Author Topic: An Hour in Philip, SD - 9/10/2007  (Read 689 times)

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An Hour in Philip, SD - 9/10/2007
« on: January 02, 2017, 04:55:40 PM »
The weather here has been pretty lousy today and I'm off work for the holiday, so I decided I'd go through and start scanning some slides. Found one box, and looking at the subjects, I'm really glad I did. The date was September 10, 2007. Less than a week earlier, it was announced that Canadian Pacific would be buying out the Dakota, Minnesota and Eastern. As a part of my job at the time, I had to drive from Rapid City to Pierre a couple times a year, and I would usually leave with a couple hours to spare so I would have time to see if I could catch anything moving on the PRC subdivision as I made the 170 mile trip over I-90 and US 14. Most of the time, I had very little luck, as the minimal traffic on the PRC makes catching a train difficult, but on this day, I had a bit more luck.

It was a hazy morning but I had my trusty Nikon N90 and a 50 mm lens and a brand new roll of Velvia just waiting to be shot as I pulled into Philip. First thing I noticed was the west freight tied down just east of town, but I also noticed what looked like a crew van driving out the dirt path to where the train was parked! It looked like I was finally going to catch some action on the PRC. I also noticed a lone GP38-2 working one of the elevators in town.

I pulled up by the road train and watched the conductor walk back a couple car lengths to make a cut. I guessed that they'd be setting out some cars here, and I was correct. Once the cut was made, the engineer brought the pair of SD40-2s and a couple grain hoppers into town.
DME 6364 Philip 1 by Baxter  Barnes, on Flickr

Looking the other way down the tracks into Philip, I grabbed a shot of the switcher working one of the elevators.
DME Philip 1 by Baxter  Barnes, on Flickr

With the grain hoppers set out, I took advantage of the fact that the CEFX rent-a-wreck was no longer nose-coupled and grabbed a shot of it crawling slowly back toward it's train.
CEFX 2802 Philip by Baxter  Barnes, on Flickr

With the train re-assembled, the west train set off for Rapid City.
DME 6364 Philip 2 by Baxter  Barnes, on Flickr

Once the road freight had left, the switcher set to work getting loaded cars ready for the east train to pick up the next day. Coincidentally, I noticed that DME 3803 is lettered as the "City of Philip". Pretty cool to catch the locomotive in its namesake town.
DME 3803 Philip 1 by Baxter  Barnes, on Flickr

Once the switcher had the outbound cars sorted, they tied down for the day by the small office.
DME 3803 Philip 2 by Baxter  Barnes, on Flickr

As I was leaving town, I took a closer look at this Santa Fe covered hopper that's certainly seen better days, but surprisingly, is yet to be patched by current owner BNSF. Based on the white streaks down the side of the carbody, I'm betting it has spent quite some time in Bentonite service. Quite a piece of history rolling around here.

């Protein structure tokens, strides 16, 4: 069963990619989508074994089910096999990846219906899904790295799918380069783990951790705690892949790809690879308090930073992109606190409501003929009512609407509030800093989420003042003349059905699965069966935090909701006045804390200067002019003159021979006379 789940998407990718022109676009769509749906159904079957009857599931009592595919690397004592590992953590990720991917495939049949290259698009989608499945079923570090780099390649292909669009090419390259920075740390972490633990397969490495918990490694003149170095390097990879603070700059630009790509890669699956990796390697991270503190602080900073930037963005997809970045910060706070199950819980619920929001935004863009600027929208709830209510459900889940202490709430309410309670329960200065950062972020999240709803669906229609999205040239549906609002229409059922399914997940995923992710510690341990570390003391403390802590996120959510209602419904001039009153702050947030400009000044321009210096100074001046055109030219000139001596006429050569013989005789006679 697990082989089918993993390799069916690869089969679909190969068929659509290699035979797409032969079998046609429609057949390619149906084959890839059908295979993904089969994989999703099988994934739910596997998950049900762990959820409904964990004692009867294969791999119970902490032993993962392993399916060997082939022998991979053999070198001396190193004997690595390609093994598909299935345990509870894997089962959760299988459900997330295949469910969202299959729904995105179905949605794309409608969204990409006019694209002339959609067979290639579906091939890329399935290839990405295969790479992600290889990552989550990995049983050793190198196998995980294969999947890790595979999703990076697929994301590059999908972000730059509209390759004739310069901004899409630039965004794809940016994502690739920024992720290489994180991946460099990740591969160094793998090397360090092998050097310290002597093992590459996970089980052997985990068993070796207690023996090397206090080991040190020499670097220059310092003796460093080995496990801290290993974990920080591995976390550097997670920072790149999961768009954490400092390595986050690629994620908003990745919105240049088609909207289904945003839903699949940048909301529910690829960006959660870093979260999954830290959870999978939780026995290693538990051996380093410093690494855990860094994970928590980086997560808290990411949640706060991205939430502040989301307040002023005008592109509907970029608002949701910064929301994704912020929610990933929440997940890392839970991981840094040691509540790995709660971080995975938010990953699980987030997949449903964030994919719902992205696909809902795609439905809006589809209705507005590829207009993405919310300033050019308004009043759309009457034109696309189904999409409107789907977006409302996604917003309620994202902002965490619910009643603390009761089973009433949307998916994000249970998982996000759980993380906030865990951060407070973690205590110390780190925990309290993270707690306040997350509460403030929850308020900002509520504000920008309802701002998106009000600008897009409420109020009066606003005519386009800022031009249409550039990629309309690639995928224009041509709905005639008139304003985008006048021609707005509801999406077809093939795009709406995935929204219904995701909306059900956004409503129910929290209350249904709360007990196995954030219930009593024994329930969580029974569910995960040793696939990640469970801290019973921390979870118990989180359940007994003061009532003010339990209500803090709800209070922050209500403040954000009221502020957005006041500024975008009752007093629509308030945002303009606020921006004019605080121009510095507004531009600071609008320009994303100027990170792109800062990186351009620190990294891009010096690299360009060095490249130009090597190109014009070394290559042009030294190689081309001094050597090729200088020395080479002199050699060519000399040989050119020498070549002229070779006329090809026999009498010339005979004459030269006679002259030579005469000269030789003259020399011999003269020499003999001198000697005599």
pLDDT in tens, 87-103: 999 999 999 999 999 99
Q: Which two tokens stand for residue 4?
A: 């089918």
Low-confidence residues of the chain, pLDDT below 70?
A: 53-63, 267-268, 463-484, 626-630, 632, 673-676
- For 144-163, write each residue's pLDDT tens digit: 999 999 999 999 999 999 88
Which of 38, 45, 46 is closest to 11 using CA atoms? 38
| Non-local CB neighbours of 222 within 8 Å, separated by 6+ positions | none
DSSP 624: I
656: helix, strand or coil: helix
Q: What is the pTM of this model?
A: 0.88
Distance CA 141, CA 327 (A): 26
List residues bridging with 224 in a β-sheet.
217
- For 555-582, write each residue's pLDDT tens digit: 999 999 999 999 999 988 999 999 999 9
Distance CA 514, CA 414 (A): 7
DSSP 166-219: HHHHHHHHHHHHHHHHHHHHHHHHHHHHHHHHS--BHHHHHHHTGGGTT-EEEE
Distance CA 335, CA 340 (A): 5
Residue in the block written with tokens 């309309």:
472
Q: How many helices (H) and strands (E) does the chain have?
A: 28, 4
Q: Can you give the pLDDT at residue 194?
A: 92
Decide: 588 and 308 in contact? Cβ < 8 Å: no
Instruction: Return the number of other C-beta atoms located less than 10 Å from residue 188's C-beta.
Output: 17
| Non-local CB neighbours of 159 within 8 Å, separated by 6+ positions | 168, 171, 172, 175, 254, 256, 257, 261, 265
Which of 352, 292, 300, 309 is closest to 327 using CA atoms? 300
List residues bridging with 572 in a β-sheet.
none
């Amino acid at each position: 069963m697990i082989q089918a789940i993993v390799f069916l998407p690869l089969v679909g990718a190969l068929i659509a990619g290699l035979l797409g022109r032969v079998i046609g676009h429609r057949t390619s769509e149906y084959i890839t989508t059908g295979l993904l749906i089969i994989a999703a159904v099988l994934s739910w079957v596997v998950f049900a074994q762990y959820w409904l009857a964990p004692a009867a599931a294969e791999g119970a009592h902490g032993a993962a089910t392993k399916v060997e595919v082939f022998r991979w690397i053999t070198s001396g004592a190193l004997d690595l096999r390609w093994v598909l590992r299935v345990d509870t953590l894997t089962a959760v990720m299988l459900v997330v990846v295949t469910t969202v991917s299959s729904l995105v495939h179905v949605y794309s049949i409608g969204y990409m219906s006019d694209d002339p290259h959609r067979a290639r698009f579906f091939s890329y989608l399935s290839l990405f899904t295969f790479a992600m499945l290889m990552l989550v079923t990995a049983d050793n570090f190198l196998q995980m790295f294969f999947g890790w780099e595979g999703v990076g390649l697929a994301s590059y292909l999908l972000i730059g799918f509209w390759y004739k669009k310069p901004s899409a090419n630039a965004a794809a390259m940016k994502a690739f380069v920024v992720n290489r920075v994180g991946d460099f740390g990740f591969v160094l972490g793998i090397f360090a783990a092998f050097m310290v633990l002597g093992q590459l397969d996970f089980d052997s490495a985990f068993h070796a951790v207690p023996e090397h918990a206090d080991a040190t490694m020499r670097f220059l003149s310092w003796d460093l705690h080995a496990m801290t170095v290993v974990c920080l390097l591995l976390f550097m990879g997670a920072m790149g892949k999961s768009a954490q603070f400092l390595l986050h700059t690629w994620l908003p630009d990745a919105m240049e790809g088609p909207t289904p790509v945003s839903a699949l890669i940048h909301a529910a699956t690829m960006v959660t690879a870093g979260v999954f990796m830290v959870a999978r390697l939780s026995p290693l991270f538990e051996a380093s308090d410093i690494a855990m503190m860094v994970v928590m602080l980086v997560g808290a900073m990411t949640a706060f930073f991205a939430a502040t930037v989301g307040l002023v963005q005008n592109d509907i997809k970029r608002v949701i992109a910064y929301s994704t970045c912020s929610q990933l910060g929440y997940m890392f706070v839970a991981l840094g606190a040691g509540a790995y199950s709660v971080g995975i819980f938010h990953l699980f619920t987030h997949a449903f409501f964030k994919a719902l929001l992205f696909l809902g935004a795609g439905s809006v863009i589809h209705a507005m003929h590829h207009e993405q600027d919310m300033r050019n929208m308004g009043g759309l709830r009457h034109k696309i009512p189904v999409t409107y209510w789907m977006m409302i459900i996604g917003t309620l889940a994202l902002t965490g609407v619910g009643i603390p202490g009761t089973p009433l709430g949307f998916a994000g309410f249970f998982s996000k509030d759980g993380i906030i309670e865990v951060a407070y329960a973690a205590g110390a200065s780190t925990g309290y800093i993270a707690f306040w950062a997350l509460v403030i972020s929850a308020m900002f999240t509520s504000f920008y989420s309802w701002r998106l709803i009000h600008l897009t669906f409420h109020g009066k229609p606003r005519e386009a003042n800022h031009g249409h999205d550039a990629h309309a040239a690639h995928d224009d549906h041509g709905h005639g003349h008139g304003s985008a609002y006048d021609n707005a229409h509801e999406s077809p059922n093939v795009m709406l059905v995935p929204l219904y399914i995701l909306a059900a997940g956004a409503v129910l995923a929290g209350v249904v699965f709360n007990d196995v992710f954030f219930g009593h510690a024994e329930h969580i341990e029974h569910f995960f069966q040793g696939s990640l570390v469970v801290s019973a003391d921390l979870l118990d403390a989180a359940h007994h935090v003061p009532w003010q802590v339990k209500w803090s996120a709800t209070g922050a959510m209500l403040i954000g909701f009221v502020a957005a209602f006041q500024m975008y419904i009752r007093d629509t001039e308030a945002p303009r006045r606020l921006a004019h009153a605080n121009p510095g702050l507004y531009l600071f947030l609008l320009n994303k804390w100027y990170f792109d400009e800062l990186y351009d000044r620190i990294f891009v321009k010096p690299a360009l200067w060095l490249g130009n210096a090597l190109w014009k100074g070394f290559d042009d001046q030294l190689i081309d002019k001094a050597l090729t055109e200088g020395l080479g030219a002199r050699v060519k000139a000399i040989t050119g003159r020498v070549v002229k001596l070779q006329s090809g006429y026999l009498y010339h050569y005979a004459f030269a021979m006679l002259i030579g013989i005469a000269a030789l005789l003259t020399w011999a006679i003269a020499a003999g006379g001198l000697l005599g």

ATSF 305114 Philip by Baxter  Barnes, on Flickr

With the road train gone and the switcher tied down, I decided I should probably get on the road for Pierre as I was unlikely I would see anything else soon. I'm glad I went through some old slides today and found these. I'm also glad I shot some of the final days of the DM&E. CP would go on to take over in October, 2008, and would sell off the line west of Tracy, MN to Genesee and Wyoming in 2014. Even though the PRC has seen two new owners, very little has changed. The track is still in horrible condition and sees little traffic, but blue and yellow SD40-2s are still the predominant power as very few of the 50+ ex-ICE locomotives G&W bought at the start up have been repainted into orange. In many cases in railroading, things are always changing, but in West River South Dakota, things have stayed much the same, and it's not such a bad thing after all.


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Re: An Hour in Philip, SD - 9/10/2007
« Reply #1 on: January 03, 2017, 02:00:40 AM »
We've driven the Wall-Rapid City portion numerous times, going to and from Washington.  Saw a few trains, but usually not where we could easily stop.

I did take pictures of the Wall elevator every trip.  Our last trip was in 2011, and the old wood/corrugated elevator was apparently torn down not long after that.  In 2011 they had a huge new "tank", which changed the appearance dramatically.

Mom and/or my sister were along every trip, but they didn't mind my stopping, because the elevator is across the street from Wall Drug's parking lot.  So, something for everybody!
N Kalanaga
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